Migrate: To move to a new location Push factors: factor that causes people to leave their current location Pull factors: factor that attracts people to a new location Multiculturalism: The preservation of distinct cultural identities among varied groups within a unified society Ethnocentric: believing one’s own culture is superior to others.
Prejudice: unfavourable judgment or ignorant bias often based on factors such as race, ethnicity, or gender Discrimination: unfair treatment based on race, language, religion, culture or other factors Emigrate: to leave one’s country, or region to settle in another Refugees: People who are displaced, either from their home country or from their homew within their home country, and are seeking refuge elsewhere.
There are a number of reasons that cause people to move to a new place. Geographers divide the reasons into two categories: PUSH FACTORSPULL FACTORS Lack of freedom War Famine Poverty Climate change Natural disasters Unemployment Greater economic opportunity Availability of land Reunion of families Climate Discovery of resources Access to technology Democratic political system
Canada attempts to promote an identity based on peace, justice, human rights, and multiculturalism. Canada has a reputation of welcoming immigrants from all over the world.
How do we decide who can immigrate to Canada? The government controls immigration; who can come into Canada and how many. It depends on the economic situation of Canada at the time.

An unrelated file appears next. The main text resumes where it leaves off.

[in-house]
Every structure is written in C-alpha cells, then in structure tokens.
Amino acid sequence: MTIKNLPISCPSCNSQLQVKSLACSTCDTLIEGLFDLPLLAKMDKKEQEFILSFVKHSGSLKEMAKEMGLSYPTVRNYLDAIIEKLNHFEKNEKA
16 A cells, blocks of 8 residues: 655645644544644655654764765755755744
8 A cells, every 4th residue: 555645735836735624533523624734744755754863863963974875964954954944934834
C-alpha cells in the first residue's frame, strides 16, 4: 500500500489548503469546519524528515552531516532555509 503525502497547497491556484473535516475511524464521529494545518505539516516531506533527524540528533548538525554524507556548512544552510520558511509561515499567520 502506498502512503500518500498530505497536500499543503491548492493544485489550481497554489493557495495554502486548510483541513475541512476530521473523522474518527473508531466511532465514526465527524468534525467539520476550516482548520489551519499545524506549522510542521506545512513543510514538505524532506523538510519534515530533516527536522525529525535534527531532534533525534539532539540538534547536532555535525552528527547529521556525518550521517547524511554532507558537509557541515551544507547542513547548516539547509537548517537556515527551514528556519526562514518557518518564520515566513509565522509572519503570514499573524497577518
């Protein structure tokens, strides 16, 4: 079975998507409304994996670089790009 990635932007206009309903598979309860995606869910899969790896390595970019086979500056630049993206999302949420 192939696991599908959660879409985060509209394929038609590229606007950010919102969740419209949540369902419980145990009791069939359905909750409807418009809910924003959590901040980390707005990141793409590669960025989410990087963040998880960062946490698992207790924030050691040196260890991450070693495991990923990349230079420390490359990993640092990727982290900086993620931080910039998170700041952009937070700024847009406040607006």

Canada’s immigration policy has not always been “fair”. It was ethnocentric: People whose culture was similar to Canada’s were considered to be the best immigrants for Canada. (Britain, USA, Europe) People from outside of these regions (Asia and Africa) were discriminated agains base on their race, religion, or culture.
1900’s- African-American farmers from the United States were turned away because officials said they were not suited to our climate. Chinese Immigration Act 1923- forbade entry of Chinese people into Canada. 1930’s- Canada was unwilling to accept Jewish Refugees. Some Jewish refugees who did make it, were put into prison camps.
Recreate the Chart on Page 61 into your notebooks. It should be titled: “ IMMIGRATION TO CANADA: 1870-2004” In point form (using your text pages 60-61) explain the following changes in the Graph: ▪ Extreme increase in immigration before 1920 ▪ Extreme decrease in the 1920’s and 1930’s ▪ Steady increase in immigration after 1940